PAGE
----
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I was curious how a DoS attack would affect a home router. In particular, I'm interested in how a SYN flood would affect a home router.

The reason I'm interested is due to a Cisco document I read. Within the document, it said SYN flood attacks can affect home routers. To me this seems odd because SYN floods must specify the TCP port to attack.

To illustrate a basic SYN flood against a router, I quickly threw together the following image:

enter image description here

Notes about the image: In the image, the attacker is represented by the red A. The attacker is sending SYN messages to the router. The SYN packets have forged IP addresses to mask their origin. The question marks simply denote the random IP addresses which the attacker has set as the fake origin IP addresses. The green lines reflect the router sending SYN-ACK packets to those random IP addresses.

When executing a SYN flood attack, one specifies the port which they will be attacking as well. As far as I know, a router constantly has different ports open which allows it to be asynchronous. So, how would an attacker know which ports to attack? Wouldn't the attacker need to know which ports are open and when?

The only way I can see a SYN flood working against a router would be if the router had a public port constantly open and the SYN flood forced the router to use up all of its RAM.

Can anybody supply some clarification on this matter?

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    None of the home routers that I've ever owned even accepts packets from the "internet side" unless you have explicitly configured port forwarding (like, to your VPN server) or unless you have established an outgoing connection etc. So the worst thing a SYN flood could do is physically saturate the cable. But of course your mileage may vary. – Damon Nov 15 '14 at 13:56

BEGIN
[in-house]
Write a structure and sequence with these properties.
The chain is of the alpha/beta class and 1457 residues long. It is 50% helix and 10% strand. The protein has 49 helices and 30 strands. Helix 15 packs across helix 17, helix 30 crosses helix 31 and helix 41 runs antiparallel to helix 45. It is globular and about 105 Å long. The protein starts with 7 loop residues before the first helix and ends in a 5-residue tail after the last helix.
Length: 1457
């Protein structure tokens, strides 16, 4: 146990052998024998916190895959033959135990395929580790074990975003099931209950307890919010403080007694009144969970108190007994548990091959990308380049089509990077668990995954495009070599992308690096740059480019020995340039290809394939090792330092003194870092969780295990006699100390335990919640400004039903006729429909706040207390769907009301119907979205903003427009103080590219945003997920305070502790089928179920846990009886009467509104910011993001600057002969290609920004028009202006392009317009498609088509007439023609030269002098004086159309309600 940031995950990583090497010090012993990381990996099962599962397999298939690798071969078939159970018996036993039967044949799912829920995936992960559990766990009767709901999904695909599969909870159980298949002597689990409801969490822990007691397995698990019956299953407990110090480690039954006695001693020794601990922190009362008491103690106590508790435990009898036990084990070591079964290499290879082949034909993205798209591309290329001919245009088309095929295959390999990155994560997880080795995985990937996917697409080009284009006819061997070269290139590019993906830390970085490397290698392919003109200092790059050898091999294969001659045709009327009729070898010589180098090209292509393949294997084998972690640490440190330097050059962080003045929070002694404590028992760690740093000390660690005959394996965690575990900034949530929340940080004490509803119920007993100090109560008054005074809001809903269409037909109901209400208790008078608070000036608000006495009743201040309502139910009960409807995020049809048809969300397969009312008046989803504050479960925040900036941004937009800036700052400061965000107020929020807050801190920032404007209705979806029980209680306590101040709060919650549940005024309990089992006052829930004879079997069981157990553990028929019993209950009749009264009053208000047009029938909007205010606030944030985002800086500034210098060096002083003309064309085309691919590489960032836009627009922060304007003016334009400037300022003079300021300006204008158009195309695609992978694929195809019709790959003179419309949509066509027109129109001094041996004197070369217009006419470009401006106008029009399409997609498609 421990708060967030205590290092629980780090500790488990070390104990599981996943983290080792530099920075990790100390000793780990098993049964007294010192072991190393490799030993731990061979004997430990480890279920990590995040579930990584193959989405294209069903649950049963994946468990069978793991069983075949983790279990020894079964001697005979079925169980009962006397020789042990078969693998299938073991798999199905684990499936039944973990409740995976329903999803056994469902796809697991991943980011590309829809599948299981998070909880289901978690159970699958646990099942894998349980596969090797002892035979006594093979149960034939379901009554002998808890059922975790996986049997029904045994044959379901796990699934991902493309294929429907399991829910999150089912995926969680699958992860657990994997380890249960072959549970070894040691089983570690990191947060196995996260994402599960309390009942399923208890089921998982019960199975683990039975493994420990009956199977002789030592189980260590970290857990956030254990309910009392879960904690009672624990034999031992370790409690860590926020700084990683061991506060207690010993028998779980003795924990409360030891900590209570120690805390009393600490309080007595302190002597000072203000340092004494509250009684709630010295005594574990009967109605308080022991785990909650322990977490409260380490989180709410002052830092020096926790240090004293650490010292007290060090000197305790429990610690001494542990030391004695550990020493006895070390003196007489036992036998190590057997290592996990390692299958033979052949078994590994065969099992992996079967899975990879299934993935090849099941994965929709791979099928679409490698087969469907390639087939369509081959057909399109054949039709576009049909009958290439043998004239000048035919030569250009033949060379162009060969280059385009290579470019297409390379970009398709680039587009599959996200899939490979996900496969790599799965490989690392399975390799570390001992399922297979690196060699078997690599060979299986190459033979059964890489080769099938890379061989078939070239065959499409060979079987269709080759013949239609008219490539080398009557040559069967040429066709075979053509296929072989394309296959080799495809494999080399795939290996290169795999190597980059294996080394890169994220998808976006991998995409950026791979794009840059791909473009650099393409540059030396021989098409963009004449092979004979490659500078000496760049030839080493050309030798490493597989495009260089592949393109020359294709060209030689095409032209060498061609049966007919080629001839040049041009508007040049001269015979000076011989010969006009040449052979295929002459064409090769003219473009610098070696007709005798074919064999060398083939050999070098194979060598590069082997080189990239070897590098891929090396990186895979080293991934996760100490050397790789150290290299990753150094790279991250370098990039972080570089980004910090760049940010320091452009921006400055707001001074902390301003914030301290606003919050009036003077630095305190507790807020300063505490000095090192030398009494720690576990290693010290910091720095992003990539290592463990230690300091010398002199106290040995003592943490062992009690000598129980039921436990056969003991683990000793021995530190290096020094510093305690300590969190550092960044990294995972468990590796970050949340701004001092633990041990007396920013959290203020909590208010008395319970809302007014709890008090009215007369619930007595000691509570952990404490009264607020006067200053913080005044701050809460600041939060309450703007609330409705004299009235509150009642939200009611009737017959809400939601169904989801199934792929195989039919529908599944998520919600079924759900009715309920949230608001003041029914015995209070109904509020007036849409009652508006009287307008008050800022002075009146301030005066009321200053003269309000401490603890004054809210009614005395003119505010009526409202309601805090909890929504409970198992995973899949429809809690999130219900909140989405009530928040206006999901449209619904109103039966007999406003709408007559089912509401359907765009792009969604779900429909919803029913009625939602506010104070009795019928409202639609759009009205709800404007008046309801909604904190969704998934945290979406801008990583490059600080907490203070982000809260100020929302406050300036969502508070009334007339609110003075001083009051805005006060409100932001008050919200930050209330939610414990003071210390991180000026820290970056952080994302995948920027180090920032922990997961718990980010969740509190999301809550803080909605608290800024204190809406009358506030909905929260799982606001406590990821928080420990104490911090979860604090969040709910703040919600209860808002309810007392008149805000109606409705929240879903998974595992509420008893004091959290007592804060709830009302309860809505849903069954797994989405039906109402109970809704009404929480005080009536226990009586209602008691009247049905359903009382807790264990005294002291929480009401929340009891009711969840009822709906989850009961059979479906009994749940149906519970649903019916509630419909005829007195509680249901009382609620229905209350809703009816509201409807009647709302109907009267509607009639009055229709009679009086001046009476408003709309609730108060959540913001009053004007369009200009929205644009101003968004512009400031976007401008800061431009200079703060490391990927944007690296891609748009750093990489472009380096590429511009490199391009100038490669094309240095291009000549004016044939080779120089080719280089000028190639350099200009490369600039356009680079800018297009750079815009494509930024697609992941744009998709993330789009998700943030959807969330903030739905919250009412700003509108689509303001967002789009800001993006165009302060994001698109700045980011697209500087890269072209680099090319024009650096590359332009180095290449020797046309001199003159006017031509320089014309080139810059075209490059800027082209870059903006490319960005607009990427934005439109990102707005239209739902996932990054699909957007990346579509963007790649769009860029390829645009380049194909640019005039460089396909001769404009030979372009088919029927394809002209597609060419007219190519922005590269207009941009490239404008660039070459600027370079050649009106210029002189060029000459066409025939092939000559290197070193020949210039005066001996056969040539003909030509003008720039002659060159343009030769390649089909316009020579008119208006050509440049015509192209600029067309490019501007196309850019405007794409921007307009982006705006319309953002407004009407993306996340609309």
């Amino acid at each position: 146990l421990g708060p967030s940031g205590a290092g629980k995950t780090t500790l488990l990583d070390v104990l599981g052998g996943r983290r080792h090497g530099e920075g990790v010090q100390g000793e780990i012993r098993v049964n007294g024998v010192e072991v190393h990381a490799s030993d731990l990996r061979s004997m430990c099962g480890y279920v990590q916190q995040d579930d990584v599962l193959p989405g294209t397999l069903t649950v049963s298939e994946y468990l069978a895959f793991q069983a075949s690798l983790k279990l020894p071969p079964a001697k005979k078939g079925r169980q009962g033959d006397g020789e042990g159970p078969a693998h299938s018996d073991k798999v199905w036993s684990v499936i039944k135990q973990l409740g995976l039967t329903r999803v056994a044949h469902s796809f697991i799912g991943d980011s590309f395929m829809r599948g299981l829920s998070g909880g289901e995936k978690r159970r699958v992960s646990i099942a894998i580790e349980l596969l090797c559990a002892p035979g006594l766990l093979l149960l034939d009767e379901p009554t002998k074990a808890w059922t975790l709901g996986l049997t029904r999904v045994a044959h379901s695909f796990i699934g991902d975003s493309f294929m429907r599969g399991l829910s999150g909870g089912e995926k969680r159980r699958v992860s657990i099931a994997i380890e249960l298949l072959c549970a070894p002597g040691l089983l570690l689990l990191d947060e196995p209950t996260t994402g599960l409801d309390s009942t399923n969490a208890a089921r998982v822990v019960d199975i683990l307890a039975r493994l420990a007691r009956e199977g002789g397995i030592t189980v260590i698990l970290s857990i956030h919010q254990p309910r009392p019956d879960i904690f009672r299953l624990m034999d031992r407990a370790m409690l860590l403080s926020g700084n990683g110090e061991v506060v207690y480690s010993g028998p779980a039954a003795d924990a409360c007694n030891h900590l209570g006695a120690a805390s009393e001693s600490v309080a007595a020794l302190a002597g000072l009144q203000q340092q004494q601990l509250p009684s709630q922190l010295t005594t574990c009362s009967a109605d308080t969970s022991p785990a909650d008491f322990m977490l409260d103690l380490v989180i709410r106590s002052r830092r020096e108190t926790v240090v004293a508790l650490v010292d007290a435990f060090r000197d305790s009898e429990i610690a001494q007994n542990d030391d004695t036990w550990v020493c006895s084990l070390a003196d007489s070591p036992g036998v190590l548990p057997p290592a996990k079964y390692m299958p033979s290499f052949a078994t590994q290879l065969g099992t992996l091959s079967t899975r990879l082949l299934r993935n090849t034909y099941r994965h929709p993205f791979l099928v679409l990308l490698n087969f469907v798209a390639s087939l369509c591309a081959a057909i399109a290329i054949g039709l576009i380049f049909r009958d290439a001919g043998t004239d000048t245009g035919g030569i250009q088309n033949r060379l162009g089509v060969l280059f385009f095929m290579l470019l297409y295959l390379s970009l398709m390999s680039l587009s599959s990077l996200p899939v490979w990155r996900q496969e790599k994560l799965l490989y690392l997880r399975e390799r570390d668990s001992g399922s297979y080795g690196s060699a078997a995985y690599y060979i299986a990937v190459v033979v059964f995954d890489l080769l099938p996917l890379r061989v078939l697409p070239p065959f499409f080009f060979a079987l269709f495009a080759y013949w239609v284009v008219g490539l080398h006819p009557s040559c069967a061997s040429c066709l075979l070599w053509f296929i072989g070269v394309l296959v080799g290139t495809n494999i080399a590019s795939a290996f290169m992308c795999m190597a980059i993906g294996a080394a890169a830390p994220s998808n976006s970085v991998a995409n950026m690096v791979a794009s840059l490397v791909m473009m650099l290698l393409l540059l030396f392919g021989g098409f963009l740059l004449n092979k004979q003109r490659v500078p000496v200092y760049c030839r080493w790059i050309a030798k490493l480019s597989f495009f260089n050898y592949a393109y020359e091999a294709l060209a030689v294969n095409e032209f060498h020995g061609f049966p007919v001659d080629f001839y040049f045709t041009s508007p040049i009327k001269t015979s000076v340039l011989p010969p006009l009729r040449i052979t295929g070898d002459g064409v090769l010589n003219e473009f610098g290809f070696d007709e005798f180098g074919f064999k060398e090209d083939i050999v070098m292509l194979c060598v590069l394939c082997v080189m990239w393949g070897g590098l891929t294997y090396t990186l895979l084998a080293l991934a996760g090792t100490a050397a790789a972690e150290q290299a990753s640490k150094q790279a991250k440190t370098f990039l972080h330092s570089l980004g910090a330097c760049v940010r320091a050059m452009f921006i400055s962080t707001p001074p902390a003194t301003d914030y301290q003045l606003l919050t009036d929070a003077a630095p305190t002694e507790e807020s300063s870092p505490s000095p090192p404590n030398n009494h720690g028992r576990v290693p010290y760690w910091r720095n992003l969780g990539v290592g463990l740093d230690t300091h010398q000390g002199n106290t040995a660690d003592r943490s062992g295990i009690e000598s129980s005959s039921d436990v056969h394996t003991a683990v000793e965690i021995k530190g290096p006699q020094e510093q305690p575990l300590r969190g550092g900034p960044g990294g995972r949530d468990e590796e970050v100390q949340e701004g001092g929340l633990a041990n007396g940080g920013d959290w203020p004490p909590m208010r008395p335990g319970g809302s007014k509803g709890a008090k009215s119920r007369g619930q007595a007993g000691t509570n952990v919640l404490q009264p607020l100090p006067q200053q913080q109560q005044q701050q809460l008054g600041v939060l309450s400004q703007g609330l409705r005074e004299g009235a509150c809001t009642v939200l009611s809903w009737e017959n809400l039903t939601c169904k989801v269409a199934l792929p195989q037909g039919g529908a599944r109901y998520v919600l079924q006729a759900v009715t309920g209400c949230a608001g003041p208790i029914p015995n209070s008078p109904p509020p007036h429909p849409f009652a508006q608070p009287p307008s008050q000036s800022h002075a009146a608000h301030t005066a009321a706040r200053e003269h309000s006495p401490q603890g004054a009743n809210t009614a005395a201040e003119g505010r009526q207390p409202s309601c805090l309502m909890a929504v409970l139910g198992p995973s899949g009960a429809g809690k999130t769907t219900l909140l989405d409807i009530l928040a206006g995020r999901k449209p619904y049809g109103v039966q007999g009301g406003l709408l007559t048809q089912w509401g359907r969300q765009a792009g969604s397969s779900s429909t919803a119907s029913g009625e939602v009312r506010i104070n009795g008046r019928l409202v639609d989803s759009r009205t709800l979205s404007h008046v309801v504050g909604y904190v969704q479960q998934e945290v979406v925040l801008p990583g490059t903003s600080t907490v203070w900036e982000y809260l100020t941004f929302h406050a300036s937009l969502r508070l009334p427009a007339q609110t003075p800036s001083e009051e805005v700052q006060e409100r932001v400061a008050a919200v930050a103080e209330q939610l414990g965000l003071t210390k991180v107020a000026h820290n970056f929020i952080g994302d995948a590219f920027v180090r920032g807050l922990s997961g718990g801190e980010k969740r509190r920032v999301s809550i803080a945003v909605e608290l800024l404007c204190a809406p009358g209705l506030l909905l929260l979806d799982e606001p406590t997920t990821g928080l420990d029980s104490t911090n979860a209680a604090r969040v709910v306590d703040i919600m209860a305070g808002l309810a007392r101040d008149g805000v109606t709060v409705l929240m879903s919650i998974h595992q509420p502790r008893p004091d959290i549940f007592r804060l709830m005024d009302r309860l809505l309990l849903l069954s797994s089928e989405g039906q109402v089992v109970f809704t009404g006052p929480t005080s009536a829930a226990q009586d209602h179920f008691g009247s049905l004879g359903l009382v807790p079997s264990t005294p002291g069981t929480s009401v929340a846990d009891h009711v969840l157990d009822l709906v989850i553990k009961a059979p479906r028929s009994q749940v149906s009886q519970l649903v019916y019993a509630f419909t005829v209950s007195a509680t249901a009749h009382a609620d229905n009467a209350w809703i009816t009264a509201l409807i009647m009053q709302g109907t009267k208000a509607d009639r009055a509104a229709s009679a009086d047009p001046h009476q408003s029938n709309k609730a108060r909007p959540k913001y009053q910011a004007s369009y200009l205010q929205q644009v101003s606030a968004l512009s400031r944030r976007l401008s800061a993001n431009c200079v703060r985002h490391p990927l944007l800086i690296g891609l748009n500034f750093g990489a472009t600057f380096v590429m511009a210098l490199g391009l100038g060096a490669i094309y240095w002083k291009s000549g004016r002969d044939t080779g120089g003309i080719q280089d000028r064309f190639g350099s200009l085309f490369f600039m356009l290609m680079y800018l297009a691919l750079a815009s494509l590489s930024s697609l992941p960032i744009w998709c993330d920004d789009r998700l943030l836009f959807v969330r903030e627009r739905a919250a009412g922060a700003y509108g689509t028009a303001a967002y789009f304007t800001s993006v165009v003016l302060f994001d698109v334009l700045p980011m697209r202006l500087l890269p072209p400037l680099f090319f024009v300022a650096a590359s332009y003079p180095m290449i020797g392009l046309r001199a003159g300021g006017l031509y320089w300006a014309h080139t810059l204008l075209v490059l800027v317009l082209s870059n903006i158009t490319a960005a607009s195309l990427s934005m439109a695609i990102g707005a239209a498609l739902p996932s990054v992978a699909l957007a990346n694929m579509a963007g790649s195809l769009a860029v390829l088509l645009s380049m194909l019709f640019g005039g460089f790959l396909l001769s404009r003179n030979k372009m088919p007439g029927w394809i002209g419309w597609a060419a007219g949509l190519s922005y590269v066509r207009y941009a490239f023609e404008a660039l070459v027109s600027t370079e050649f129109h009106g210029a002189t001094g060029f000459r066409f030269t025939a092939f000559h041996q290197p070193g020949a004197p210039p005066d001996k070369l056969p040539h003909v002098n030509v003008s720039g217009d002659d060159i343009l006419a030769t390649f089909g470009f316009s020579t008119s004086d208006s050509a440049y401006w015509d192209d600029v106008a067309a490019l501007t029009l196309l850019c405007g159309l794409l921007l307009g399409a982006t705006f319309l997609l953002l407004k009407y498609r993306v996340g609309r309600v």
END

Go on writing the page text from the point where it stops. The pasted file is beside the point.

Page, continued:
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There are three main ways a SYN flood can work against a home router:

  1. If the router is performing NAT and has a port forwarded to a server, a SYN flood can fill up the router's NAT table, causing it to drop connections.

  2. The SYN flood can act as a simple bandwidth-starvation attack. A typical home router is on an asymmetric connection with limited upstream bandwidth, so a SYN flood targeting a closed port can clog the upstream connection with RST packets sent by the router.

  3. Home router firmware is often rather fragile. Simply throwing SYN packets at it too fast can cause a crash, taking down the connection.

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Routers usually has running lightweight Web server that provides access to the configuration web interface. In most cases, it runs on port 80, 8080 or other common one (if isn't changed by the user).

The attacker (standing in the local subnet, if something like "Remote administration" is not enabled on the router, and the WAN port has public IP address) can use port scanner to perform a scan, and then send SYN packets with forged IP on that port. Then, if the router TCP/IP stack does not implement SYN cookies, the result will be filled to it's limit SYN queue and establishment of new connections will be impossible due to the limited memory of embedded devices like SOHO routers.

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I believe the key is what open ports are on the home router. If a person just has a router and no servers or DMZ behind that router, the router should just ignore and log the request. However, I can't really say what ports are open by default on anyone's router. You could do a port scan, but unless you have a really good router where you have 100% control of configuring it to what you want, I don't see any way of stopping these dang syn flood attacks. No matter what, your network will get bogged down.

It would be nice if the ISP would filter that traffic for you... Meaning for home users, there should be no request from the ISP side to create or request a connection, that is unless you have some other services outside your home network that requires the connection. In any case, if the ISP sees an international syn request is coming in, they should just configure their router to send them to the void, and not forward the request to home users.

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    This post went off-topic from OP. You're suggesting the ISP should manage your firewall. That's not their business model and shouldn't be as they should focus on availability and throughput. There are service companies that will manage your firewall. – phbits Mar 25 at 18:45

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